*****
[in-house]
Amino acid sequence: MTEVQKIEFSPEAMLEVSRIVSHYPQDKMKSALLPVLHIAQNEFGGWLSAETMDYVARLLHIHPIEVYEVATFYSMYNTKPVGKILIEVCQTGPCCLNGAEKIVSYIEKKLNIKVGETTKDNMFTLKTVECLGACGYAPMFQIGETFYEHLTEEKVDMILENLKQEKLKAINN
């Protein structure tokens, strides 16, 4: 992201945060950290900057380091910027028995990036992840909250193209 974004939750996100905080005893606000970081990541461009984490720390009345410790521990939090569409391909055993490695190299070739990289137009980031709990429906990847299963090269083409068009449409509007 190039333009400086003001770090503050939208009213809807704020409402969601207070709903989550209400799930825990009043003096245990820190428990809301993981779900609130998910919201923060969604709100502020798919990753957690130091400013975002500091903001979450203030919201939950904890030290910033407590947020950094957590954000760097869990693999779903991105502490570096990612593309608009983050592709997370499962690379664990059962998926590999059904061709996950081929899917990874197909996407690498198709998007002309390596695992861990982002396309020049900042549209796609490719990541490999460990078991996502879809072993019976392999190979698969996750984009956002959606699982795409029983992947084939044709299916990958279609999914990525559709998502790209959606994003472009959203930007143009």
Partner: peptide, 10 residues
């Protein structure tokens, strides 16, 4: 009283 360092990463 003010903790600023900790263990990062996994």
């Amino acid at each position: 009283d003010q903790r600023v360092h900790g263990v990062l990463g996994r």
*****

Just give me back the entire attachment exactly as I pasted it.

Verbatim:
[in-house]
Amino acid sequence: MTEVQKIEFSPEAMLEVSRIVSHYPQDKMKSALLPVLHIAQNEFGGWLSAETMDYVARLLHIHPIEVYEVATFYSMYNTKPVGKILIEVCQTGPCCLNGAEKIVSYIEKKLNIKVGETTKDNMFTLKTVECLGACGYAPMFQIGETFYEHLTEEKVDMILENLKQEKLKAINN
């Protein structure tokens, strides 16, 4: 992201945060950290900057380091910027028995990036992840909250193209 974004939750996100905080005893606000970081990541461009984490720390009345410790521990939090569409391909055993490695190299070739990289137009980031709990429906990847299963090269083409068009449409509007 190039333009400086003001770090503050939208009213809807704020409402969601207070709903989550209400799930825990009043003096245990820190428990809301993981779900609130998910919201923060969604709100502020798919990753957690130091400013975002500091903001979450203030919201939950904890030290910033407590947020950094957590954000760097869990693999779903991105502490570096990612593309608009983050592709997370499962690379664990059962998926590999059904061709996950081929899917990874197909996407690498198709998007002309390596695992861990982002396309020049900042549209796609490719990541490999460990078991996502879809072993019976392999190979698969996750984009956002959606699982795409029983992947084939044709299916990958279609999914990525559709998502790209959606994003472009959203930007143009």
Partner: peptide, 10 residues
């Protein structure tokens, strides 16, 4: 009283 360092990463 003010903790600023900790263990990062996994």
């Amino acid at each position: 009283d003010q903790r600023v360092h900790g263990v990062l990463g996994r």